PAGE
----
GreenArrow Studio is full of features that make it easy to create and send emails, and then see how the email performed through GreenArrow’s stats and reporting tools.
I have mentioned a few times in this series the importance of tracking disk space usage as part of your monitoring and regular system checks. But since disk space issues (specifically: running out of it) are some of the most common support requests I receive, I thought diving a bit deeper into a lesser-known -- but still incredibly useful -- tool that’s available to you in GreenArrow would be a great way to close out this series.
In a perfect world, my job would rarely require emergency support for critical failures. These events cause downtime and expose real weaknesses in your disaster recovery plans, and that is something I would never wish on anyone.
In our first blog post of the Managing GreenArrow series, we covered some of the essential management tasks for your On-Premise license. If you’ve had a chance to work through each of those, then you’re off to a solid start!
My name is Jonathan Winters, Lead Support Specialist here at GreenArrow.
You say "Tomato," I say "Cloud Management"
Cloud Computing. I remember hearing this term everywhere in 2008 when I was racking and deploying dozens of servers in my datacenter job. One day I was “setting up racks of servers” and the next I was “building a cloud,” according to my product manager. Did we suddenly have the powers of Zeus? Would my day-to-day radically change? Um, no and not so much. Did I add, “Managing the Cloud” to my resume? Heck, yes.
It’s been seven years since I racked my last server and now I help customers get launched in our own, (wait for it), GreenArrow Cloud. These cloud-type buzzwords that were initially empty and meaningless to me now fill my every day. However, here at GreenArrow we also provide an On-Premise solution. Which leads to the number one question we get asked ("What’s the difference?") and then the number one follow-up question ("Which one is right for my email?") If you’re wondering too, then read on! I'll make it short and sweet.
Hammering Out Which Domain To Use
When sending email, domains are a key part of how people remember and experience your brand. For example, if your company (named “ACME”) primarily sells anvils, you would be wise to include the words “acme” and “anvil” in the domain name that you send your emails from. Simple stuff, I know.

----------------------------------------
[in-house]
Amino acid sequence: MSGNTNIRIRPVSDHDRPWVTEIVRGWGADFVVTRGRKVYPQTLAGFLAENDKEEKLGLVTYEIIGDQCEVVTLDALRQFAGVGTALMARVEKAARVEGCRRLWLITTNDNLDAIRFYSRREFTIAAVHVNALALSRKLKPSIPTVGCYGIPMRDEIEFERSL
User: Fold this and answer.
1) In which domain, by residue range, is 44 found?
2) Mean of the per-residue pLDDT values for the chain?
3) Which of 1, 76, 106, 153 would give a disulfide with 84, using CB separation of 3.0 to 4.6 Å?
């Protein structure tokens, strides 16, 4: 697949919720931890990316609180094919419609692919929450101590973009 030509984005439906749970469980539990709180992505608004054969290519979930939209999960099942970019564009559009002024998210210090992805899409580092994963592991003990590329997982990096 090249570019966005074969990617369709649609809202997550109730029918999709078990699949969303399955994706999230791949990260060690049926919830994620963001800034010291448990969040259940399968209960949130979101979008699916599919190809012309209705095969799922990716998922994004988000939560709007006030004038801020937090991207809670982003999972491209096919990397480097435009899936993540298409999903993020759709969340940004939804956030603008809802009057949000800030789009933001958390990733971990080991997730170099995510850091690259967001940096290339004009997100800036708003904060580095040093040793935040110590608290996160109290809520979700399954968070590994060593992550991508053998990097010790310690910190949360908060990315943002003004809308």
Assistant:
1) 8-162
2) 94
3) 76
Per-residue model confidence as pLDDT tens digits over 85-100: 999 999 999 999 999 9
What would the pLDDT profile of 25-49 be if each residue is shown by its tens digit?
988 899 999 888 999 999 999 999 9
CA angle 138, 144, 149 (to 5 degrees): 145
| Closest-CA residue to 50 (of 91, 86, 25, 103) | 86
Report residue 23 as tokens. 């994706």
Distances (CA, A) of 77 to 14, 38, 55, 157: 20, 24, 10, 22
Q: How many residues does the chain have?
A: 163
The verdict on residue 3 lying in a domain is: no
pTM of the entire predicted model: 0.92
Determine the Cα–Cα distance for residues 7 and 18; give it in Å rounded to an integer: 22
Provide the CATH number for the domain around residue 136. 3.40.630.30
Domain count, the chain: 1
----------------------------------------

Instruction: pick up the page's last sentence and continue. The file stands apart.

But what if your business sells multiple things or has multiple departments? What if you have multiple sub-domains to manage? And what if your company grows from a one-man consulting firm to a software team and needs to update the domain name it's been using? (Actually that's us, and we know it. Look for a domain name change in 2018.)
As you can see when it comes to domains, things can get complicated. But whether you’re getting launched on GreenArrow, or another email platform, or whether your biggest customer is Wile E. Coyote—we have some helpful tips below. (Because like the Roadrunner, GreenArrow is also known as Accelerati Incredibilus.)
In our digital age, reputation is key.
If you’re like me you check and compare online reviews all the time. I check before visiting a new restaurant, choosing a new doctor or even when I’m buying a simple kitchen tool on Amazon. Chances are you've thought about how nice it might be to have access to the resources and reputation of a much bigger company.
And in the world of email, you can do exactly that! SMTP relay services such as Amazon SES, SendGrid, Sparkpost or GreenArrow Cloud offer access to their reputation. These services can, therefore, be a very useful tool in your email sending toolbox, but they're not for everybody. Today’s post gives you the pros and cons of do-it-yourself vs. outsourcing your email.
What's a Routing Rule?
If you send email using VirtualMTAs (which allow senders to send email from multiple IP addresses), you already know the importance of having a configuration that works for your specific business needs. For many senders, setting up a single IP address and a single VirtualMTA interface may be everything they need to see long-term success out of their marketing platform.
But what happens when things change? Suppose you’ve been blessed with the burden of HUGE growth and now have a volume of email that exceeds what one IP address should deliver. Or perhaps your one IP develops a reputation problem, and Yahoo (or some other ISP) just suddenly stops taking your email. And what if you suddenly need multiple email streams, each handled differently than the other? How can you possibly adjust to all of these changes?